Monday, December 28, 2015

Dragging home the skeletal remains again

Usually I'm hauling home the turkey carcass. Or a big pile of beef bones. This time however, it's a nice big monster of a ham bone from the middle of the spiral sliced ham lovingly prepared by my son in law for Christmas Day dinner. Yep, as I have said before, I am THAT relative, the one who asks "are you gonna save those bones?" as I'm getting ready to head home.

A lot of my canning friends make and can ham stock. I don't really use all that much ham stock. Generally speaking I make one pot of stock after a holiday, which evolves into one big pot of ham and beans and then leftovers get frozen in individual portions for lunches and solo dinners. So while it's not something I make gallons of, I do like to make one big stockpot full. Making the ham stock is easy- throw the bone and any meat clinging to is in a large pot. Cover with cold water. Add seasonings- I used a chopped onion, 4 cloves chopped garlic, 3 bay leaves, a palm full of whatever herbs on my shelf looked good to me- thyme, parsley, basil, marjoram, and a couple big grinds of pepper. Lay off on the salt at this point- ham is salty and you can always add more later but you cannot remove it if you oversalt. Bring to a boil, reduce heat, cover and simmer for several hours. After a while prop the lid open a little to let the stock reduce slightly- it intensifies the flavor.

Remove the ham bone and set aside to cool. Pop that pot of stock in the fridge overnight (strain it if you like) to let the fat harden on the top. Scoop that off and discard the next day. When your ham bone is cool enough to handle, cut off any remaining meat and throw it back in the stock. I don't strain my stock. I will fish out the bay leaves if I can but I don't freak out over them. Lots of meaty bits come off that bone during simmering and I want that to stay in my soup. Add the meat you've cut off the bones back to the stock in the pot. Now you can either continue on with your soup or divide the broth into freezer containers and freeze (you CAN process in a pressure canner and jars but I never make a big enough batch to bother with that).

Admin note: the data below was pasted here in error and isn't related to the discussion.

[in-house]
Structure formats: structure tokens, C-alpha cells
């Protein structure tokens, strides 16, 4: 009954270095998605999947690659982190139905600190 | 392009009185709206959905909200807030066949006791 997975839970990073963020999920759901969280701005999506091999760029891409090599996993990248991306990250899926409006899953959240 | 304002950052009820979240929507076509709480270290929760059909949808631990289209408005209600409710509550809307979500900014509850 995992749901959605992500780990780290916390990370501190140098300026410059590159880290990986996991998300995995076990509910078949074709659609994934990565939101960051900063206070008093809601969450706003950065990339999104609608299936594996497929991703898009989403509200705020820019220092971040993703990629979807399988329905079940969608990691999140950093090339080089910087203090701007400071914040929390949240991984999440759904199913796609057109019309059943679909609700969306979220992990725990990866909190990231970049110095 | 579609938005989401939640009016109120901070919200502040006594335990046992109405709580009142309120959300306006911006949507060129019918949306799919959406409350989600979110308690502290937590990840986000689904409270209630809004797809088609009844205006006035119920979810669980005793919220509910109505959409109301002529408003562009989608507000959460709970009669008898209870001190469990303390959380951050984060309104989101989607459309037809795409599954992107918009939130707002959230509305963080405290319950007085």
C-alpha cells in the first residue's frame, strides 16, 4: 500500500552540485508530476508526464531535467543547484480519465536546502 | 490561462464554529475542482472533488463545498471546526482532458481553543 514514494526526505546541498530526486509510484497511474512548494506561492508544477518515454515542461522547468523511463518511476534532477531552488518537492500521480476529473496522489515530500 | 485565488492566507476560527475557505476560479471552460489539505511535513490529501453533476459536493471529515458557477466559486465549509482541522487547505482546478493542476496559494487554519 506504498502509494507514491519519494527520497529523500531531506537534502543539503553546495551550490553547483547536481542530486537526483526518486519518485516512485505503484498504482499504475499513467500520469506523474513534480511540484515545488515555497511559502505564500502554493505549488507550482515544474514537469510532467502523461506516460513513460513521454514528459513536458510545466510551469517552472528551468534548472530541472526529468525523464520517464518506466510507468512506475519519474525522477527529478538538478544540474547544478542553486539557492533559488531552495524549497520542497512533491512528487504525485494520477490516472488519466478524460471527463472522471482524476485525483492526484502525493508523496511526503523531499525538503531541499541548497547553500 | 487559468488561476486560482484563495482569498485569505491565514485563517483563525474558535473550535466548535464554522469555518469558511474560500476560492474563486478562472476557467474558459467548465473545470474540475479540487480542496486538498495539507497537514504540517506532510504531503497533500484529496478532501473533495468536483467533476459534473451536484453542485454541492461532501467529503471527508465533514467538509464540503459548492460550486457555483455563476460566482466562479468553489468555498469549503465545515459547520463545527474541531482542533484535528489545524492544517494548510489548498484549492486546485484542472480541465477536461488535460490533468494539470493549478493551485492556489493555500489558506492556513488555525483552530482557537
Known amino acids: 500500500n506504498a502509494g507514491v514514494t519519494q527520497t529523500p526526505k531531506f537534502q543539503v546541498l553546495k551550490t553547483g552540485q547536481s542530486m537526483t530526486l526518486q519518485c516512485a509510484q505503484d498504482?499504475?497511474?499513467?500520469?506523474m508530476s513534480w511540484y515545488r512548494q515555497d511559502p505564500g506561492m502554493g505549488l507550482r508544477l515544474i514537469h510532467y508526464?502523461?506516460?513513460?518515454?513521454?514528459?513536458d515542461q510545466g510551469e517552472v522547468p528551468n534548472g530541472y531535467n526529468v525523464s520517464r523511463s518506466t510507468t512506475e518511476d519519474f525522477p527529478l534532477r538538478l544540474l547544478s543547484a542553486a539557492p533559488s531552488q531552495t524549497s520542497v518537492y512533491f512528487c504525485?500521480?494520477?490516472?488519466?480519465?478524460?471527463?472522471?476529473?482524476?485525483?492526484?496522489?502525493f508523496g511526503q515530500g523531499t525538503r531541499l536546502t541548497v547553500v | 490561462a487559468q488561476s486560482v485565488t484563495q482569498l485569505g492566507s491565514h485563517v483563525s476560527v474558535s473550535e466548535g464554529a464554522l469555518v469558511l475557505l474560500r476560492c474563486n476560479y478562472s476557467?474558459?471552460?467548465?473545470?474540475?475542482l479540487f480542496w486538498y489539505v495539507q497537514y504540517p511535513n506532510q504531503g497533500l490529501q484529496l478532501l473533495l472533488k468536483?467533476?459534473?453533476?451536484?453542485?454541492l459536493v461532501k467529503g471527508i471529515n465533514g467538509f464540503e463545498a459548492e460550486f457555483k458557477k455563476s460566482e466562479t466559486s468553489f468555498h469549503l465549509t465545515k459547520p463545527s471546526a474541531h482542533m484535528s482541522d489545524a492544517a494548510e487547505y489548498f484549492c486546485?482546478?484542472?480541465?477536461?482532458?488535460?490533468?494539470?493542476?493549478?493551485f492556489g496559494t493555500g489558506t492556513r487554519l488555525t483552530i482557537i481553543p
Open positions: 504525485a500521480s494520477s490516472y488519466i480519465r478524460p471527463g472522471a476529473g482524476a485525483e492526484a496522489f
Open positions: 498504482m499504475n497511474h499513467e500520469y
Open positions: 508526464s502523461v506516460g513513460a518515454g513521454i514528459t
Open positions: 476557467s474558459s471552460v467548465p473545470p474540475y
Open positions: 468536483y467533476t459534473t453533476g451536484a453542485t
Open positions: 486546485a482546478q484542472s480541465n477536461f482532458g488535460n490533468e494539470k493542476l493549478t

I am continuing on with my soup today, so I have also soaked one and a half pounds dried beans. I used a mix of navy beans and pinto beans, roughly half and half. I always prefer to soak beans overnight versus the quick soak method, I think the beans are more tender and cook without falling apart as much. Drain the beans and rinse. Add to the ham stock and bring to boil. Reduce heat and cover, simmering until the beans are tender which can be a while depending on your beans. Expect about an hour, and sometimes two. 

During the last 45 minutes or so of cooking I sometimes add chopped carrots and sometimes diced potatoes. I had no carrots on hand but I did dice up a couple small potatoes and added those. They thicken up the broth and really bulk up the soup. Served with hot and buttery cornbread, crusty rolls or breadsticks this is the perfect winter meal and provides plenty of leftovers. Today I had half a round loaf of Italian bread to use up so I cut it into "pull apart" bread, sprinkled with some shredded Parmesan cheese and drizzled liberally with a mixture of melted butter, crushed garlic and herbs. Pop into the oven at 375 until browned and toasty and serve with the soup. So so good! The soup was the perfect dinner on an evening that includes a winter storm warning, with heavy snowfall, ice and howling winds in our future. Even the Chef, the self-proclaimed Soup Master, had compliments for the cook. The only person who was somewhat dissatisfied was ham bones for him!

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